Customers desiring to receive services from the contact center system 200 may initiate inbound communications (e.g., telephone calls, emails, chats, etc.) to the contact center system 200 via a customer device 205. While FIG. 2 shows three such customer devices—i.e., customer devices 205A, 205B, and 205C—it should be understood that any number may be present. The customer devices 205, for example, may be a communication device, such as a telephone, smart phone, computer, tablet, or laptop. In accordance with functionality described herein, customers may generally use the customer devices 205 to initiate, manage, and conduct communications with the contact center system 200, such as telephone calls, emails, chats, text messages, web-browsing sessions, and other multi-media transactions.

Inbound and outbound communications from and to the customer devices 205 may traverse the network 210, with the nature of network typically depending on the type of customer device being used and form of communication. As an example, the network 210 may include a communication network of telephone, cellular, and/or data services. The network 210 may be a private or public switched telephone network (PSTN), local area network (LAN), private wide area network (WAN), and/or public WAN such as the Internet. Further, the network 210 may include a wireless carrier network including a code division multiple access (CDMA) network, global system for mobile communications (GSM) network, or any wireless network/technology conventional in the art, including but not limited to 3G, 4G, LTE, 5G, etc.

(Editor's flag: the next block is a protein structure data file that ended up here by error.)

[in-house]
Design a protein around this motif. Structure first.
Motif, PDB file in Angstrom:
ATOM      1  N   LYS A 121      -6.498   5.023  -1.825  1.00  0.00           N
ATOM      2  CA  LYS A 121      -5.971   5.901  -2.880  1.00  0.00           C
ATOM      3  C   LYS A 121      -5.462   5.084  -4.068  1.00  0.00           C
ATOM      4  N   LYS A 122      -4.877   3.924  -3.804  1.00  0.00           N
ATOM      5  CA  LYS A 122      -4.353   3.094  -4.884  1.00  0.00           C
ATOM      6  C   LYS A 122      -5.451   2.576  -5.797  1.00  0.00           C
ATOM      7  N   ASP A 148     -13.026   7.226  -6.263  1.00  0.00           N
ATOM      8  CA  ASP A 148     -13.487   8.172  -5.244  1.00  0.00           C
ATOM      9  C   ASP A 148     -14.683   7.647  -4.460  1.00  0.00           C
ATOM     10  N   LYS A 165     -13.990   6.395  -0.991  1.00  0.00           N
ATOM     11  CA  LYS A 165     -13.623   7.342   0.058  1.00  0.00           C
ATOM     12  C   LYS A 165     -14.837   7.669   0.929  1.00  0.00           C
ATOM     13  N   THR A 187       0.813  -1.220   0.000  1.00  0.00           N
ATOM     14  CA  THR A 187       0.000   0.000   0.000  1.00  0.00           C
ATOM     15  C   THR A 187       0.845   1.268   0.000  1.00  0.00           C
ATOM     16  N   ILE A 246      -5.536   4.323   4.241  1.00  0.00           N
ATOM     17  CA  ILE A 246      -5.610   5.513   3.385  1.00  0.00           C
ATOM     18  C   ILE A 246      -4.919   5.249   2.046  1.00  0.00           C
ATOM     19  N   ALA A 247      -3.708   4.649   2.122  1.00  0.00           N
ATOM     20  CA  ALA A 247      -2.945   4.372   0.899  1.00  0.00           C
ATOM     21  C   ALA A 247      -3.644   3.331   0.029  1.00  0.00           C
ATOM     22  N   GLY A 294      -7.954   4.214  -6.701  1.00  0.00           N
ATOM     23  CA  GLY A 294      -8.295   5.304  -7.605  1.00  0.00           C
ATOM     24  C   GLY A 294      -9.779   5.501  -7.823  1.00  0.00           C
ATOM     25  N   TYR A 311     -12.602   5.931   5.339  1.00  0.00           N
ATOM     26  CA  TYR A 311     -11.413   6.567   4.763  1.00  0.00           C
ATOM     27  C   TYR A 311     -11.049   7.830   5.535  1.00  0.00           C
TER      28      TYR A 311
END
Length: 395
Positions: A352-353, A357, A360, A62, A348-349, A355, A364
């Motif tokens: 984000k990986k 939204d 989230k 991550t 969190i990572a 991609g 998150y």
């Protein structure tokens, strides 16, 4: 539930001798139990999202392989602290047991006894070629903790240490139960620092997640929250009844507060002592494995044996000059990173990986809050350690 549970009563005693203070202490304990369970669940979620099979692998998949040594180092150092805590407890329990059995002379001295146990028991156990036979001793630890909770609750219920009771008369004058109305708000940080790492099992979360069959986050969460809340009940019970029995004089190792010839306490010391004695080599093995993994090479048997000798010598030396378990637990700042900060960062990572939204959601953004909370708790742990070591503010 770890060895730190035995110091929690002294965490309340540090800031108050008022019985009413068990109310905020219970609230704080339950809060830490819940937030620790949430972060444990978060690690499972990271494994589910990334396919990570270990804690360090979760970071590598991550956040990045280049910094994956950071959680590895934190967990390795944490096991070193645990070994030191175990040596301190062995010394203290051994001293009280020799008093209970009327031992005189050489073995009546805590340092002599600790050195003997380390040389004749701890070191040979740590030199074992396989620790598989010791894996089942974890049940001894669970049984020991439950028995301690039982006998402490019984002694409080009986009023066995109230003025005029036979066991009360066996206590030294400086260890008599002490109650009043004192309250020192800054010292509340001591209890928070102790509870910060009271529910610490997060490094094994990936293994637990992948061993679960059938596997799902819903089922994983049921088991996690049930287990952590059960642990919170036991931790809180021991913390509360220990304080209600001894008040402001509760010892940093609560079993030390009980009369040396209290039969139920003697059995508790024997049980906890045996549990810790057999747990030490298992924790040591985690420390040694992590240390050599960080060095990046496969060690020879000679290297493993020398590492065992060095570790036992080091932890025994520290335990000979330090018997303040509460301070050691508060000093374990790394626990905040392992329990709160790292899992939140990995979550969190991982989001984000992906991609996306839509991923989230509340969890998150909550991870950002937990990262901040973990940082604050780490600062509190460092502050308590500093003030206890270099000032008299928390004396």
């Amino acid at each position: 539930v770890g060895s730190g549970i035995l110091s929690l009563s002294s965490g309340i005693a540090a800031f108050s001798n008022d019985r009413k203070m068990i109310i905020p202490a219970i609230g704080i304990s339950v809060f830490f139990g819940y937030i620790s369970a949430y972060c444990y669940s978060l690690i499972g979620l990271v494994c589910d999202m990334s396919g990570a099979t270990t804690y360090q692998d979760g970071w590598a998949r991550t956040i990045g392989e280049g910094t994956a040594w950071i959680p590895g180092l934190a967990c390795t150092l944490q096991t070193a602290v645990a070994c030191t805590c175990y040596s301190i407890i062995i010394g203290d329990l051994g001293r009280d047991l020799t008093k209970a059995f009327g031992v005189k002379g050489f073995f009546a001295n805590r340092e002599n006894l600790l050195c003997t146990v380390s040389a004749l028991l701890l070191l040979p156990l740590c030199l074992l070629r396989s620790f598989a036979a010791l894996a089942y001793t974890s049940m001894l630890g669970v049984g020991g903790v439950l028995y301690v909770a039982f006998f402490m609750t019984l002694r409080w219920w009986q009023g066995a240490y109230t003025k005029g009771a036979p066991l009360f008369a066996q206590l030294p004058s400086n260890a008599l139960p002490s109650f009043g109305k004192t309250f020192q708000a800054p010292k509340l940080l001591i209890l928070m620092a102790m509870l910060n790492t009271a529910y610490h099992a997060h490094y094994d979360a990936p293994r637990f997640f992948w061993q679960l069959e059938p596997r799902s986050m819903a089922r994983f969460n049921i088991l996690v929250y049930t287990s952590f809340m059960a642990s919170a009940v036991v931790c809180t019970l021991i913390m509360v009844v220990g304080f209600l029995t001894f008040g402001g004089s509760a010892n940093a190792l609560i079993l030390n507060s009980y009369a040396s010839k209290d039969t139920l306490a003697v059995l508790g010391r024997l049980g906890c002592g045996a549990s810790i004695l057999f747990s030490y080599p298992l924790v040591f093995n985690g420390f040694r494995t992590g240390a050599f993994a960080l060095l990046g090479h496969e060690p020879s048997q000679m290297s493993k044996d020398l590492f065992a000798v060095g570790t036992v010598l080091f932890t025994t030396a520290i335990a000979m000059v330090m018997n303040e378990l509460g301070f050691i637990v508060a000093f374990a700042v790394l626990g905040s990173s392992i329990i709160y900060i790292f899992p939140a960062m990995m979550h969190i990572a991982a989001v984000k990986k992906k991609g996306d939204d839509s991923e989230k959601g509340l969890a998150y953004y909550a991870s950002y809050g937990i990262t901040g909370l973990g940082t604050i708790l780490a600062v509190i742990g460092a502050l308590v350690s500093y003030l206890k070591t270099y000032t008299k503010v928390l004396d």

In regard to the switch/media gateway 212, it may be coupled to the network 210 for receiving and transmitting telephone calls between customers and the contact center system 200. The switch/media gateway 212 may include a telephone or communication switch configured to function as a central switch for agent level routing within the center. The switch may be a hardware switching system or implemented via software. For example, the switch 215 may include an automatic call distributor, a private branch exchange (PBX), an IP-based software switch, and/or any other switch with specialized hardware and software configured to receive Internet-sourced interactions and/or telephone network-sourced interactions from a customer, and route those interactions to, for example, one of the agent devices 230. Thus, in general, the switch/media gateway 212 establishes a voice connection between the customer and the agent by establishing a connection between the customer device 205 and agent device 230.